Malwa farmers cultivate a wide variety of organic and sustainably grown crops, such as Soyabean, Lentil, Wheat, Chickpea and more, which are then fine-graded and quality-tested before being distributed.
Location of the Project
The NBF’s Malwa project lies in the west-central India occupying a plateau of volcanic origin located in the state of Madhya Pradesh, India. Geologically, the Malwa Plateau generally refers to the volcanic upland north of the Vindhya Range. Overall, agriculture is the main occupation of the people of Malwa. The region has been one of the important producers of opium in the world.
Coordinates – Malwa project is located at 22.273614N and 76.030021E
Everything you need to know about Malwa
Malwa is a historical region located in the central part of India, which includes parts of Madhya Pradesh, Rajasthan, and Gujarat. It has a rich cultural heritage and is famous for its scenic beauty, historical monuments, and religious sites. In recent years, Malwa has gained recognition for its organic farming practices, which are becoming increasingly popular among farmers in the region.
Apart from agriculture, Malwa is also known for its historical landmarks such as the ancient city of Ujjain, which is a centre of Hindu pilgrimage, and the magnificent Maheshwar Fort, which is a popular tourist attraction. The region is also known for horticulture, animal husbandry, and forestry. The horticulture industry in Malwa produces fruits like guava, banana, and mango, and vegetables such as tomato, cauliflower, and peas. The animal husbandry sector in the region includes dairy farming and poultry farming. Malwa is also famous for its handloom industry, producing exquisite fabrics such as Maheshwari and Chanderi sarees.
The climate of NBF Project Malwa is semi-arid, with hot summers and cool winters. The average temperature in summer is around 40 degrees Celsius, and the average temperature in winter is around 10 degrees Celsius. The monsoon season lasts from June to September, and receives an average rainfall of around 800 mm.The climate of Malwa is influenced by its location in the rain shadow of the Vindhya Mountains. The Vindhya Mountains block the moisture-laden winds from the Arabian Sea, which results in a drier climate in Malwa. The region is also prone to droughts, which can have a devastating impact on agriculture. Despite the challenges posed by the climate, Malwa is a fertile region with a rich history and culture.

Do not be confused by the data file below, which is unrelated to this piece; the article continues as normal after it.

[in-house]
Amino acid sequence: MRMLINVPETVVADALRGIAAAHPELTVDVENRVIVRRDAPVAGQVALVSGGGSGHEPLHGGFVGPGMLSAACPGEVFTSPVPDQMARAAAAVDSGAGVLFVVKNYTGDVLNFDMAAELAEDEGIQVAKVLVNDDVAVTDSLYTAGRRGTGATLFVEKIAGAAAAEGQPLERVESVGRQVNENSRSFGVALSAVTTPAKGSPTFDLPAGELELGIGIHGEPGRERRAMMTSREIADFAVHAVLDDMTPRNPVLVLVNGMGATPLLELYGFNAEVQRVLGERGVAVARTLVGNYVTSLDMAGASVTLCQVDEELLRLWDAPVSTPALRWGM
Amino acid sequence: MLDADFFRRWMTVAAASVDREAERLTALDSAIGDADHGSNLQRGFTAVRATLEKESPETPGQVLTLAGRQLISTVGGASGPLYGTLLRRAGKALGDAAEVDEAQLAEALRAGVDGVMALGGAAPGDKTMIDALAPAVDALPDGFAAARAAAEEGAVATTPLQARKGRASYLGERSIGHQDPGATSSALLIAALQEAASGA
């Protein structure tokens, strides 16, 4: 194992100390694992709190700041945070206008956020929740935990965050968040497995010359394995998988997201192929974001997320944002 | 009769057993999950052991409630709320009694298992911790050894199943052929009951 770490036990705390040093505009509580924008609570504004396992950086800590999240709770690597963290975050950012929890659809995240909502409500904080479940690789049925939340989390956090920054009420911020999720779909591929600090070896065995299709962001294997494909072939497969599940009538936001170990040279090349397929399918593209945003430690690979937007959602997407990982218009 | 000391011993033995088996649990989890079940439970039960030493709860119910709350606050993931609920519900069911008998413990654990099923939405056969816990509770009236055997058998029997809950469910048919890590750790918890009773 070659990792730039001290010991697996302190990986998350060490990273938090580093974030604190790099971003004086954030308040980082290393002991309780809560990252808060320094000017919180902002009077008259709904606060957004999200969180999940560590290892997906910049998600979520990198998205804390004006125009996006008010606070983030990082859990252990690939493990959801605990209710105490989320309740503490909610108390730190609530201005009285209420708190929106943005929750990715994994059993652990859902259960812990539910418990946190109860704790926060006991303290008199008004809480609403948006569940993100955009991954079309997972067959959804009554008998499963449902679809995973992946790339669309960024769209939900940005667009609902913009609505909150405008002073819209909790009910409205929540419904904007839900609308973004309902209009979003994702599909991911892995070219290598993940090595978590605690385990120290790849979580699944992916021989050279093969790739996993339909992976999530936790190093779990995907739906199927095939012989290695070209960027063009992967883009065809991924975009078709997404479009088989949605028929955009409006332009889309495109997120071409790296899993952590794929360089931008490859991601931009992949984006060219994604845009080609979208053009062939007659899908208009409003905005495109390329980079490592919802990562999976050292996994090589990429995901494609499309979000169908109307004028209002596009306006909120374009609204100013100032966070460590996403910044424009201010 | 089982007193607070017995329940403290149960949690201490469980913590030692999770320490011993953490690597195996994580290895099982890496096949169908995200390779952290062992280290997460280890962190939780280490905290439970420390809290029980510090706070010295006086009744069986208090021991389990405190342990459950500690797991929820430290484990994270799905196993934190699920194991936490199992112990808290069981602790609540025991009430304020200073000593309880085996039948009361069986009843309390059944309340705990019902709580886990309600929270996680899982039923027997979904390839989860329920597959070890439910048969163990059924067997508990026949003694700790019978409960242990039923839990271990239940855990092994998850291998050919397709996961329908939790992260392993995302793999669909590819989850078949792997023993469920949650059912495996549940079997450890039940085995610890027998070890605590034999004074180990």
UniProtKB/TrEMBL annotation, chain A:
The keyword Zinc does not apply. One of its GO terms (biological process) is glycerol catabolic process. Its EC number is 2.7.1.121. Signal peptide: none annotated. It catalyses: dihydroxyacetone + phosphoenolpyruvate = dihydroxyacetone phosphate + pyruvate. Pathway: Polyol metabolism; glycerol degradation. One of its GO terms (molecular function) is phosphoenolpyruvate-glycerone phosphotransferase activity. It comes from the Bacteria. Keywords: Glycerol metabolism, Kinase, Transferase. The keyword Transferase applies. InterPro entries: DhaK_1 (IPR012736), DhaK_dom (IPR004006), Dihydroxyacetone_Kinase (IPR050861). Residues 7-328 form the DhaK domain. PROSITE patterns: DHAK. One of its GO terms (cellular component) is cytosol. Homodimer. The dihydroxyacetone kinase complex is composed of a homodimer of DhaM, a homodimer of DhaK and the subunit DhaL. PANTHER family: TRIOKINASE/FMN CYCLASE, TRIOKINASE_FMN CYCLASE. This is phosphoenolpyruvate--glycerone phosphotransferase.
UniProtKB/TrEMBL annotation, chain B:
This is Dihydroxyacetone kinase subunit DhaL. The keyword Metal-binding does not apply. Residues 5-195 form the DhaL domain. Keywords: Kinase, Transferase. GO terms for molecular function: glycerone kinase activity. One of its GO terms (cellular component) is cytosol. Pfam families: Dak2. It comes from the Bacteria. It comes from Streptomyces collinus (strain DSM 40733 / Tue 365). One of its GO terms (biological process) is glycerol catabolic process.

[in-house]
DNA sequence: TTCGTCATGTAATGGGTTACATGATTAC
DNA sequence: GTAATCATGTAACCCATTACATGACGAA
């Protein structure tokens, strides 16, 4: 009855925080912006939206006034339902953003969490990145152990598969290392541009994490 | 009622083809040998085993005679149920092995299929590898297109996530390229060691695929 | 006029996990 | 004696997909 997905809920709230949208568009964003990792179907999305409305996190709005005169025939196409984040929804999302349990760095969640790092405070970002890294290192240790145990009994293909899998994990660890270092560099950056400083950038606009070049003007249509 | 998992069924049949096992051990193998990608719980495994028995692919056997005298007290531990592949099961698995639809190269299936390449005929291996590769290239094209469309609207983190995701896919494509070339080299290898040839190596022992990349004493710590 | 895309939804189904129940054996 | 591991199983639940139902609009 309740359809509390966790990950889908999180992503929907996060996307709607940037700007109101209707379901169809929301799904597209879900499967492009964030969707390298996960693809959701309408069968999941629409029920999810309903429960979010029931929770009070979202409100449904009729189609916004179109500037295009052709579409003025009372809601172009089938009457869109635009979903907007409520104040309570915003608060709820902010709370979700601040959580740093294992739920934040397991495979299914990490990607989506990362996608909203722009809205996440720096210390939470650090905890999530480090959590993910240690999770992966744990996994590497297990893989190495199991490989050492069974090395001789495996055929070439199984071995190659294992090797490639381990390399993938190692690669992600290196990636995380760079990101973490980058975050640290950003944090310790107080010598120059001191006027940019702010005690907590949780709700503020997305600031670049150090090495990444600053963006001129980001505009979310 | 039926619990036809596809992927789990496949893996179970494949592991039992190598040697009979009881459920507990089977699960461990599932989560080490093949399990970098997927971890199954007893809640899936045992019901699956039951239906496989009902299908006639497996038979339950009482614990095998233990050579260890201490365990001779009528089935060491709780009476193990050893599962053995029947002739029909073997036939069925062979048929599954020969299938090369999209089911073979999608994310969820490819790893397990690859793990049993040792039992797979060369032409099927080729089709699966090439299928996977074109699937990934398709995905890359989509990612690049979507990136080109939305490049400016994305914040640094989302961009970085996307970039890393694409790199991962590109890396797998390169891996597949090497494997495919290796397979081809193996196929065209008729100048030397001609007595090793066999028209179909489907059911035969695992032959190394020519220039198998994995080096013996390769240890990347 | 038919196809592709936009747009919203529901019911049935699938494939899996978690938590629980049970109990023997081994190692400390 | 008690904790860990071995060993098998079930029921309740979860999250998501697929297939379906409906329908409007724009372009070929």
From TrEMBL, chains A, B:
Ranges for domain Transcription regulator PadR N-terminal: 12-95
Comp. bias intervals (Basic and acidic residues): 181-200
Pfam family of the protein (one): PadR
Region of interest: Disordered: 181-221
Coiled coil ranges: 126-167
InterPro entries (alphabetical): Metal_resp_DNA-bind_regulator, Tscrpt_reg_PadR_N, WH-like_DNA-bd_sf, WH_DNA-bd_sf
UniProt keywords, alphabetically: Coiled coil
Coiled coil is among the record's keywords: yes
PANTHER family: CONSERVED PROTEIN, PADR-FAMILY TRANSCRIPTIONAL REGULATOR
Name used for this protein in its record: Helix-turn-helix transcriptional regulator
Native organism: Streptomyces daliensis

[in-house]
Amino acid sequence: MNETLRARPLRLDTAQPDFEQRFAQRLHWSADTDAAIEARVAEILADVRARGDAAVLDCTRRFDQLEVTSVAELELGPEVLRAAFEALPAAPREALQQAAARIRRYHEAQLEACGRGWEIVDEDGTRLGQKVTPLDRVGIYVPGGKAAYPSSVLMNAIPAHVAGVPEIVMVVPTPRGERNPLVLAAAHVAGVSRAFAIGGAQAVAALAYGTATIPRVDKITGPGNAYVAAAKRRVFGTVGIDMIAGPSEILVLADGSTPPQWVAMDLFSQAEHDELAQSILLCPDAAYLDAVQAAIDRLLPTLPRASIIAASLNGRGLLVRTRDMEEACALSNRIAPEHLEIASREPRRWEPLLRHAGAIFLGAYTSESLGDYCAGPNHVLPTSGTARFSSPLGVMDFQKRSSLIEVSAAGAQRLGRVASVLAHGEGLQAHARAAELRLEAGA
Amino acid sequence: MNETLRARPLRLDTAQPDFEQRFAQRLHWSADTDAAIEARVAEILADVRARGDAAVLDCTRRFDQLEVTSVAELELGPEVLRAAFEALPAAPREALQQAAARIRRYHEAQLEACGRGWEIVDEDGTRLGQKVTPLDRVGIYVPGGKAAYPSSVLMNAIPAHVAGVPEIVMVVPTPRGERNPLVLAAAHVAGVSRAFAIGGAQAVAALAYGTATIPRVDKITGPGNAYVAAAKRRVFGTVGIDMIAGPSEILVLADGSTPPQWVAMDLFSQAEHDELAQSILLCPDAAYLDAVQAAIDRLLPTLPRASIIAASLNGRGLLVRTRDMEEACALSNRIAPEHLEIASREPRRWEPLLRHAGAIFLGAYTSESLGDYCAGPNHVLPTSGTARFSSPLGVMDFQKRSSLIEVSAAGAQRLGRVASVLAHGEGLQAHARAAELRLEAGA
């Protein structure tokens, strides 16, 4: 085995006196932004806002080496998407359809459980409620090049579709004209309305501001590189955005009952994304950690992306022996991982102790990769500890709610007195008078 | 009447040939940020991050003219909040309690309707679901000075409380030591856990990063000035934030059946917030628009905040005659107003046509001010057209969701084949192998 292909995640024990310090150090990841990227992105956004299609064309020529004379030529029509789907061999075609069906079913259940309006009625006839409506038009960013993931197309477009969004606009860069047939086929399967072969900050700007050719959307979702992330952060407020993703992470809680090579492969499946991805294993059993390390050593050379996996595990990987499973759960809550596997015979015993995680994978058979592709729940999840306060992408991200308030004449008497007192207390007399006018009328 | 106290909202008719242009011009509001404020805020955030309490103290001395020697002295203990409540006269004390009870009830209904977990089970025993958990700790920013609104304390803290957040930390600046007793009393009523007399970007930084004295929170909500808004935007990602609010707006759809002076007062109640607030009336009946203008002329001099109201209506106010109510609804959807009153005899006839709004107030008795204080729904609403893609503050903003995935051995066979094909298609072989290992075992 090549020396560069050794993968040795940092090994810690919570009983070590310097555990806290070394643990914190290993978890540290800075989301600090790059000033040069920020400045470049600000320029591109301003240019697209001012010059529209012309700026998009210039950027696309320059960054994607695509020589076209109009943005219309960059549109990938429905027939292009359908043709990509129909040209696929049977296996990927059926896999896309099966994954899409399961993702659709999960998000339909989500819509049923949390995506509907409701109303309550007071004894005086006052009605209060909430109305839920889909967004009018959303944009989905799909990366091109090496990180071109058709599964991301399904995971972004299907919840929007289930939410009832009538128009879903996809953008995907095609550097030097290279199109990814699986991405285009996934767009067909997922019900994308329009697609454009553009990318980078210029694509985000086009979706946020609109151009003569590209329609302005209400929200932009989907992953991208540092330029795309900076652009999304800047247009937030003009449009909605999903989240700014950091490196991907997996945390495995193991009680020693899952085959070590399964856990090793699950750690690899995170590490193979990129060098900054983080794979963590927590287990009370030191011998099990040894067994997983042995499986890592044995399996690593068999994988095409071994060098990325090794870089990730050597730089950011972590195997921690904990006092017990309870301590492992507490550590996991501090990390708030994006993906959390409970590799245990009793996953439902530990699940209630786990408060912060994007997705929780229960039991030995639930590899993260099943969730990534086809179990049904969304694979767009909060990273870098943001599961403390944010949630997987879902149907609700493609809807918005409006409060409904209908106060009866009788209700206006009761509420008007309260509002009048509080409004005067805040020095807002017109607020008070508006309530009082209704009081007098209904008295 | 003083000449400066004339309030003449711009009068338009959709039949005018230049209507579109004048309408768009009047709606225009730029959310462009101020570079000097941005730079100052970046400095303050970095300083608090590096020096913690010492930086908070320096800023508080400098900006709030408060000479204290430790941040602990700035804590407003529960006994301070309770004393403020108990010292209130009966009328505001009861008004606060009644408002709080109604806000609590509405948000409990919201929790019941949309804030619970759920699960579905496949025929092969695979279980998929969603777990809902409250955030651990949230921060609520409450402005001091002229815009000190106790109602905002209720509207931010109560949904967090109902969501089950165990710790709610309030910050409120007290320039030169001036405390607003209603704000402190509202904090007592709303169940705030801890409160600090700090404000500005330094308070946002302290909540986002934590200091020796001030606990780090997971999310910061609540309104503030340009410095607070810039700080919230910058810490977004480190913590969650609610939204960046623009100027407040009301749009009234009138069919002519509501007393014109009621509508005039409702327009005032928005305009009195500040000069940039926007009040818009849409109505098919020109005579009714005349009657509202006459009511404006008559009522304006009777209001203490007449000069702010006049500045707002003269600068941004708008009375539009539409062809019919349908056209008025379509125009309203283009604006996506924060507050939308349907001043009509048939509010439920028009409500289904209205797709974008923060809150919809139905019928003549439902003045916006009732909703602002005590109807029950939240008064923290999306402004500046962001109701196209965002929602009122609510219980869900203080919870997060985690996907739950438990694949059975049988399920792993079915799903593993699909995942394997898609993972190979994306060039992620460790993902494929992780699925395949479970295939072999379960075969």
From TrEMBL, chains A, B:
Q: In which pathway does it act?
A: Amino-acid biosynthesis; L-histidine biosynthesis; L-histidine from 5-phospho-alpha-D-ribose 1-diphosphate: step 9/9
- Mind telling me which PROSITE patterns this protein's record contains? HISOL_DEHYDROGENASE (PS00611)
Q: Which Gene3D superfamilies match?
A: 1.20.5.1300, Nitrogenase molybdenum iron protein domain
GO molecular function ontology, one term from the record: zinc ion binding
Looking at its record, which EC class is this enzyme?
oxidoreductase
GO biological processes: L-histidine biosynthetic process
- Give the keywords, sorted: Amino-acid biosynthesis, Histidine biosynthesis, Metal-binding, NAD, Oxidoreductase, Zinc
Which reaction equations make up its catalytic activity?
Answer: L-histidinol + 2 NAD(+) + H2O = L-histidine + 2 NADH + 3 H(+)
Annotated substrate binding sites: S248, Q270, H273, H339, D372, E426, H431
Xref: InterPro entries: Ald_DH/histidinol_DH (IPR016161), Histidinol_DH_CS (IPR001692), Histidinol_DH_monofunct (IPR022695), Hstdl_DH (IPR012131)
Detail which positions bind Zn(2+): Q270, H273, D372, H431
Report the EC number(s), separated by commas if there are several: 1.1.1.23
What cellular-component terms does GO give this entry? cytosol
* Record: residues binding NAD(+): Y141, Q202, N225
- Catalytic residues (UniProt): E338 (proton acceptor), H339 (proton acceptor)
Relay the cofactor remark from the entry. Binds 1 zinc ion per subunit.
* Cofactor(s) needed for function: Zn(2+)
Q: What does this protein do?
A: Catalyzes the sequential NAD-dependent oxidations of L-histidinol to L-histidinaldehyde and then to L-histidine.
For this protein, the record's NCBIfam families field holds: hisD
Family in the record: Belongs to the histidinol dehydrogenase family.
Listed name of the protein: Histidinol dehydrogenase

The climatic conditions of Malwa are favorable for a diverse range of agricultural activities, including the cultivation of crops like soybean, wheat, cotton, and vegetables. The region’s favorable climate, combined with its fertile soil, makes it an ideal location for agriculture. However, erratic rainfall and occasional droughts can affect agricultural production, leading to crop failures and economic losses for farmers.
35% - 83%
There are mainly three seasons.
Farm Water Availability
The availability of water for farming in the Malwa region is dependent on the monsoon season, which brings the majority of the region’s rainfall. The region has an extensive canal network that helps in the distribution of water for irrigation purposes. The major canals that provide irrigation water to the Malwa region are the Indira Gandhi Canal, the Narmada Canal, and the Rajasthan Canal. Apart from canals, farmers in Malwa also use groundwater for irrigation. The region has a significant number of tubewells and wells that farmers use to extract groundwater for irrigation purposes. However, over-extraction of groundwater can lead to depletion of the water table, which can have long-term implications for agriculture in the region.
In recent years, the government has taken steps to promote sustainable use of water resources for agriculture in the Malwa region. These include promoting water harvesting techniques, encouraging farmers to use drip irrigation, and regulating the use of groundwater. The government has also implemented policies to promote the efficient use of water in agriculture to ensure long-term sustainability of the region’s water resources.
Nature of Farmers
Farmers in the Malwa region are known for their hardworking and resilient nature. Agriculture is the primary occupation for a significant percentage of the population, and farmers in the region have a strong connection to their land and farming traditions. In recent years, there has been a growing interest among farmers in the Malwa region to adopt organic farming practices. This is driven by the increasing demand for organic products in domestic and international markets. To produce organic crops, many farmers have adopted organic farming practices, including organic manure and natural pest control methods.